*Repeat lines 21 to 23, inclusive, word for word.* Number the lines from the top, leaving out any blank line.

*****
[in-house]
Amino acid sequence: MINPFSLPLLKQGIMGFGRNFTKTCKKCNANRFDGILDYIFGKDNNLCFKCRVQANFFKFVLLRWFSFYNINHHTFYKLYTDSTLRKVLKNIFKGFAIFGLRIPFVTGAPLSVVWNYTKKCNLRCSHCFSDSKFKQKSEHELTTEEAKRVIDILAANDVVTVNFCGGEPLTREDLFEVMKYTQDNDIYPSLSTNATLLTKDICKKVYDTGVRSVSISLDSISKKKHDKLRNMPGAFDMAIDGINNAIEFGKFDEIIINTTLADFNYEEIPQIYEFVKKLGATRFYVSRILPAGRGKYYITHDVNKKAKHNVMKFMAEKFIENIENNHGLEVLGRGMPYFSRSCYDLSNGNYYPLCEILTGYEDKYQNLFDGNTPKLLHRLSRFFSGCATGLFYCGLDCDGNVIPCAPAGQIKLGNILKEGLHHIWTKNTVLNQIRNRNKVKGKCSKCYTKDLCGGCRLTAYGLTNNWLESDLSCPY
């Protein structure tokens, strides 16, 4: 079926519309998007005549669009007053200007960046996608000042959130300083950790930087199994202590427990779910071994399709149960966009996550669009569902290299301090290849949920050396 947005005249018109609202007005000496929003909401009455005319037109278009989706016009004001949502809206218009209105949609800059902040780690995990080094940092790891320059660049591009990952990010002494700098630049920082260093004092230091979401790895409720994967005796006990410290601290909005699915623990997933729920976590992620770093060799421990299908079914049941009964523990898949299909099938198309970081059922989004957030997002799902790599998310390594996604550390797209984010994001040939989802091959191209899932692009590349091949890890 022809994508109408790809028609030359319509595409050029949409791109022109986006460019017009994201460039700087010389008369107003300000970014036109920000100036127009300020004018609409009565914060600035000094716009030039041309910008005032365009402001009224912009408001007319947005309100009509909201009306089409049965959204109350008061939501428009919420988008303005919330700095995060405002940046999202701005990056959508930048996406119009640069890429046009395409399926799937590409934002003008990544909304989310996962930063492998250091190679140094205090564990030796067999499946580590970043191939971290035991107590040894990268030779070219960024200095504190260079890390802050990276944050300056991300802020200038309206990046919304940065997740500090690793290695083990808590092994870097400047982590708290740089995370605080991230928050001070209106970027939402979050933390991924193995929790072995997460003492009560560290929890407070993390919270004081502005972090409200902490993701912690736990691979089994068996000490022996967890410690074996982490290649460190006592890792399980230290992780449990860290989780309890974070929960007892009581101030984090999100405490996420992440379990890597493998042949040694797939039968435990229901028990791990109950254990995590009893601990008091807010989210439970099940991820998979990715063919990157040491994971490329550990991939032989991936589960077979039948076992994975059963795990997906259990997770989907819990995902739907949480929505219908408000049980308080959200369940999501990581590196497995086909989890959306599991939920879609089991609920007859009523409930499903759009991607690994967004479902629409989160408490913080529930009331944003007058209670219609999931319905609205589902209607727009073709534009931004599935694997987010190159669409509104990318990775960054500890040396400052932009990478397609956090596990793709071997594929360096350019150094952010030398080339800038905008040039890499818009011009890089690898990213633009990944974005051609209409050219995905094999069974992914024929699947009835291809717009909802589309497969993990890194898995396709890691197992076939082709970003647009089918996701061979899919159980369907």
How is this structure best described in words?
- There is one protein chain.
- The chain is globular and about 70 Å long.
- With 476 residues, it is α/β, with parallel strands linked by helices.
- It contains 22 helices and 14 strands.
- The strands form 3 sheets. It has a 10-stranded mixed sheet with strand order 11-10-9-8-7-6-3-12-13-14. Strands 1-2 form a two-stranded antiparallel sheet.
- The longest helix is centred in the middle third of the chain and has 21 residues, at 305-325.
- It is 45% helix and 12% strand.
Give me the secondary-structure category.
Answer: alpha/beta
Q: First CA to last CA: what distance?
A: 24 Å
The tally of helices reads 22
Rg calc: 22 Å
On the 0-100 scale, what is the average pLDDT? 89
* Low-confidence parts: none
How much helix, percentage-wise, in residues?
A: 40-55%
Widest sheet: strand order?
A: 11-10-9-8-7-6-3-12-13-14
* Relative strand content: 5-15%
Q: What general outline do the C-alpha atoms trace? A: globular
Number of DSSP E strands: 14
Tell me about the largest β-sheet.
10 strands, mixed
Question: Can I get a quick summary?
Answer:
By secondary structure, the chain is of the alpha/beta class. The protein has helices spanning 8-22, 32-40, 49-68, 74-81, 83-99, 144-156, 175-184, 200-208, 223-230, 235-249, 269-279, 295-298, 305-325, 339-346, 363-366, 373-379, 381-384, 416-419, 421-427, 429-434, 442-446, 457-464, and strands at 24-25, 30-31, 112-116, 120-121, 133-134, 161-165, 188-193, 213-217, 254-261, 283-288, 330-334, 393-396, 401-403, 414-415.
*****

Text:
A: 40-55%
Widest sheet: strand order?
A: 11-10-9-8-7-6-3-12-13-14